POLICY BRIEFINGS


Biden Signs More Executive Orders in Second Week


Last week, President Joe Biden signed several executive orders (E.O.s). One major E.O. contained the President’s plan for ‘Buy American.’ The order directs U.S. agencies to strengthen purchase requirements for acquiring goods and services from U.S. companies and workers, making it more difficult for the federal government to obtain waivers for the purchase of products overseas. It also establishes a new post in the Office of Management and Budget (OMB) to oversee the changes and provide transparency around agencies that do seek a waiver and revises the standards for American-made products with an aim of ensuring they are manufactured with a higher percentage of U.S. components and labor. The E.O. directs the provisions to be implemented within six months.

Another E.O. issued on January 21 directs the U.S. Department of Health and Human Services (HHS) to review the interoperability of public health data systems across the nation with the goal of better enabling COVID data sharing throughout the federal government, improving vaccine distribution, and increasing the understanding of the scope of the pandemic in communities throughout the country. OMB is directed to issue additional guidance on how to de-identify COVID-related data and make it available to the public.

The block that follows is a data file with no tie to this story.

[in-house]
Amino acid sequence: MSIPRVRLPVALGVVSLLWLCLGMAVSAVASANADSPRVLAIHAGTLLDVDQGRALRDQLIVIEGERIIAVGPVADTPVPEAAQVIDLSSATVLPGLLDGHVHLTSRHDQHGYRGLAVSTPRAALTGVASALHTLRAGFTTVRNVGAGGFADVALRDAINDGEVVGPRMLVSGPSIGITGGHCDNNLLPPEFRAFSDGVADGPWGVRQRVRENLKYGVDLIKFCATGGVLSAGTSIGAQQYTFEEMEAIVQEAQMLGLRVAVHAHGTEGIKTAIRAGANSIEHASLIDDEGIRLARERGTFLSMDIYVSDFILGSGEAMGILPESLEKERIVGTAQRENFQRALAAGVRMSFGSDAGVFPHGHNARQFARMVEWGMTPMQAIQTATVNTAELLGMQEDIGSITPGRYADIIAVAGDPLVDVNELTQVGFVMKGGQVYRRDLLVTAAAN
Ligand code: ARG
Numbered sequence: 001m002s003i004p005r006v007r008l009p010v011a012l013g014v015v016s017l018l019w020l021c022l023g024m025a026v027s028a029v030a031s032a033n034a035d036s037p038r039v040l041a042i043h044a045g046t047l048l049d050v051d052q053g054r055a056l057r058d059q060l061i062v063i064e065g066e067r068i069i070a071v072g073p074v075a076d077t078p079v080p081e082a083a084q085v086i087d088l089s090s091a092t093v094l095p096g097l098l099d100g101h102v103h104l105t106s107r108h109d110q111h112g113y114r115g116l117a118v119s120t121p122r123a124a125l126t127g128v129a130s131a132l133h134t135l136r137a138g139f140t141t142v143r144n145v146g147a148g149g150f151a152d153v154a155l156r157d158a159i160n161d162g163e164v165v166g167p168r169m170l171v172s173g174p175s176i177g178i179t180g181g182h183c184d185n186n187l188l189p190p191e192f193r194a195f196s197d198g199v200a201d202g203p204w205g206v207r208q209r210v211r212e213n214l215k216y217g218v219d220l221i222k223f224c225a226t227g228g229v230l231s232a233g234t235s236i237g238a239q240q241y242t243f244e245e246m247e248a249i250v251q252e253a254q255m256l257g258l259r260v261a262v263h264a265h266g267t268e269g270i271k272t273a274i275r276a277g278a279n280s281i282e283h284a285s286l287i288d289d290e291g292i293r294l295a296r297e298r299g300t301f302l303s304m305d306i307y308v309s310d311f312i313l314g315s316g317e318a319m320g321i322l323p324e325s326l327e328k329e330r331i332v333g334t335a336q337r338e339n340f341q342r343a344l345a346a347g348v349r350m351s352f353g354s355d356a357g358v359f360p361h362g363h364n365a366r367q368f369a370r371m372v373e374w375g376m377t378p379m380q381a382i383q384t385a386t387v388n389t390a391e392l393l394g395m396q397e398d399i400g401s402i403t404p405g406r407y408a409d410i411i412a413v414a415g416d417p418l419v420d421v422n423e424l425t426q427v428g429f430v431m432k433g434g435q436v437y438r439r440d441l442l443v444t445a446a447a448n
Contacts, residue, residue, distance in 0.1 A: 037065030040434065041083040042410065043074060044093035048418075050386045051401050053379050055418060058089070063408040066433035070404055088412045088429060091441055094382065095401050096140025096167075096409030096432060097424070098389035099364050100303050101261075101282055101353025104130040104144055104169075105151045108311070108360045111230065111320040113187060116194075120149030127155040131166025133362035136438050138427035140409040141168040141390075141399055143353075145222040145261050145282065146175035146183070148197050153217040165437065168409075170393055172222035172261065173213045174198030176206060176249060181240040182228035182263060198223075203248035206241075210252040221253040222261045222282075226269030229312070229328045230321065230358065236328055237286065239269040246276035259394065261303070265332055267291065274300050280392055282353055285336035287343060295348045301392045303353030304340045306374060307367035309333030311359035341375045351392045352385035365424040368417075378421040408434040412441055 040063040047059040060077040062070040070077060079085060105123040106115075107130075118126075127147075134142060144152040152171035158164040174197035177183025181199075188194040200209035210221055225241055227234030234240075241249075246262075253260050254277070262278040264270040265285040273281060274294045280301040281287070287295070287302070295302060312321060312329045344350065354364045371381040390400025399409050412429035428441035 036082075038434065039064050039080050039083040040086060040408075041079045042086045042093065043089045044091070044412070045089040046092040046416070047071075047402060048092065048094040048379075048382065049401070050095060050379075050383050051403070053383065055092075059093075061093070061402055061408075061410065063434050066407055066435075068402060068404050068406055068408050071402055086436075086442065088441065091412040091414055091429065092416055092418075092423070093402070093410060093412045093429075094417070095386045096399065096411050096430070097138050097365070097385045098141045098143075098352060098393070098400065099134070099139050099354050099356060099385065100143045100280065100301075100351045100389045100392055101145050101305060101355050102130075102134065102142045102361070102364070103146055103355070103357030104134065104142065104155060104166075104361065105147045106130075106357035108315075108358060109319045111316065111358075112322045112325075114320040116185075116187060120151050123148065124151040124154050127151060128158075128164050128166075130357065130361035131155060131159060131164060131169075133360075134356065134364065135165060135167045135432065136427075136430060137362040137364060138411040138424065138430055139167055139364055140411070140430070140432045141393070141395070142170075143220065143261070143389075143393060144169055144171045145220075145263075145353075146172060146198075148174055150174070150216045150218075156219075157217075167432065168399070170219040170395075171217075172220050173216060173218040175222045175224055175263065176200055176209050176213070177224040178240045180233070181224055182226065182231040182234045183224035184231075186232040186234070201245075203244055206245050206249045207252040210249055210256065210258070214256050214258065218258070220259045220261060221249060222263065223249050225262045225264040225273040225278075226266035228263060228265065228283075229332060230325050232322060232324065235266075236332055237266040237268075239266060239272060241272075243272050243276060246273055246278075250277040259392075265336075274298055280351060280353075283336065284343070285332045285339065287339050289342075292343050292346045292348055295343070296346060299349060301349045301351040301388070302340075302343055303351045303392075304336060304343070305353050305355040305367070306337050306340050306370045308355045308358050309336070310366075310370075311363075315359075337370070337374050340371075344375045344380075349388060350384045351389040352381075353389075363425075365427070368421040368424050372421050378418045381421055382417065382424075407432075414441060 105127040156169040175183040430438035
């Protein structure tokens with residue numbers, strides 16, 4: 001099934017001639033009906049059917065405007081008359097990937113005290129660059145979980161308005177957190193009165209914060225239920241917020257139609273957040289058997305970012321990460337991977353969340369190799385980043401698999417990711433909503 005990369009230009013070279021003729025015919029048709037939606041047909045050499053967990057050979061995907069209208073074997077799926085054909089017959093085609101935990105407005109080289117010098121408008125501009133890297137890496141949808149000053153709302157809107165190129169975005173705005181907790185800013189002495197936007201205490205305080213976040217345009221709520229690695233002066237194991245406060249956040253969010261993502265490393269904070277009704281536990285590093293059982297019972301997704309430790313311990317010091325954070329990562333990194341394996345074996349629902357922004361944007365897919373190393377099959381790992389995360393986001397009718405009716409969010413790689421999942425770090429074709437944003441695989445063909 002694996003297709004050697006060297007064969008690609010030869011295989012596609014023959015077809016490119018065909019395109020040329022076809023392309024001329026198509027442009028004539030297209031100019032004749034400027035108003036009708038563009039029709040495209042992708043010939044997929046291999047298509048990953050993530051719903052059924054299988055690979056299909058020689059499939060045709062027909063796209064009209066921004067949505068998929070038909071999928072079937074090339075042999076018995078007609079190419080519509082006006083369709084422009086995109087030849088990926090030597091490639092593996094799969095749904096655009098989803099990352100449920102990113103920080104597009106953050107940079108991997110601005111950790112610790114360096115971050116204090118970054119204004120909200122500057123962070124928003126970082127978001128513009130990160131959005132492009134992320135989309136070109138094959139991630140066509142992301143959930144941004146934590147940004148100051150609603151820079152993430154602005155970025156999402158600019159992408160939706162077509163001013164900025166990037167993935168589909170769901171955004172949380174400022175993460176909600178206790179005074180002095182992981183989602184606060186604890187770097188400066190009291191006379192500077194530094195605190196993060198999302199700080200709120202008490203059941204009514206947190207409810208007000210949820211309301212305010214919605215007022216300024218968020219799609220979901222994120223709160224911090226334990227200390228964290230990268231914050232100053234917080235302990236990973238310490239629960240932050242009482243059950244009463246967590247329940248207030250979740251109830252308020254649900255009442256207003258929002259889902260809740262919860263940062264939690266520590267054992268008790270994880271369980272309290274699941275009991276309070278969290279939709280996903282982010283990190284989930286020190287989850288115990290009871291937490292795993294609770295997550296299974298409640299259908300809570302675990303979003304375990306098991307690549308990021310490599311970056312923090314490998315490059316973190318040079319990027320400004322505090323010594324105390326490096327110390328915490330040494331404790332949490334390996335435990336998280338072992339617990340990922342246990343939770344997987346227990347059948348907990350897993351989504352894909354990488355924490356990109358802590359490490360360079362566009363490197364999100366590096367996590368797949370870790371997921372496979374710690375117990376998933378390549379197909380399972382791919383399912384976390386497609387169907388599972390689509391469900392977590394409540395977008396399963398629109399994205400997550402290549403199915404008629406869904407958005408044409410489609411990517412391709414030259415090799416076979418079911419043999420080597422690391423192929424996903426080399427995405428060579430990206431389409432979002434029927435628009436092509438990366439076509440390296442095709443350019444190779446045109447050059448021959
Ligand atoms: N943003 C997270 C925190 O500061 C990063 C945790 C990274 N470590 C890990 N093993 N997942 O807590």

President Biden also moved to reopen HealthCare.gov for a special enrollment period aimed at those individuals needing coverage during the ongoing pandemic. The administration plans to spend $50 million in advertising and outreach for the additional open enrollment period. The federal marketplace will be opened for three-months starting on February 15 under the E.O., which also directs a broad review of policies “that limit Americans’ access to health care.”


White House Delays, Withdraws Additional Health Rules


The Biden administration has acted to delay the effective date of several Trump-era regulations. The Organ Procurement Organizations Conditions for Coverage final rule, which altered the requirements related to organ procurement organizations (OPOs), was scheduled to take effect on February 1 but is now delayed until March 30 to provide the new administration time to review “issues of fact, law, and policy.” The White House also paused the Trump administration’s drug rebate rule, which would replace current rebates with fixed-fee arrangement, delaying the policy until March 22 from an original effective date of January 29. The Government Accountability Office (GAO) had flagged the rule for violating the Congressional Review Act, which requires major rules to take effect no sooner than 60 days after publication in the Federal Register. The HHS is also delaying the Secure Electronic Prior Authorization for Medicare Part D rule, originally slated to go into effect January 30, until March 30. The rule aims to streamline the prior authorization process for certain products in Part D.

The White House has also withdrawn three rules proposed by the Centers for Medicare and Medicaid Services (CMS) during the Trump administration: Conditions for Coverage for End-Stage Renal Disease Facilities—Third Party Payments; Strengthening Oversight of Accrediting Organizations (AO) and Preventing AO Conflict of Interest, and Related Provisions; and Revisions to Medicare Part A Enrollments.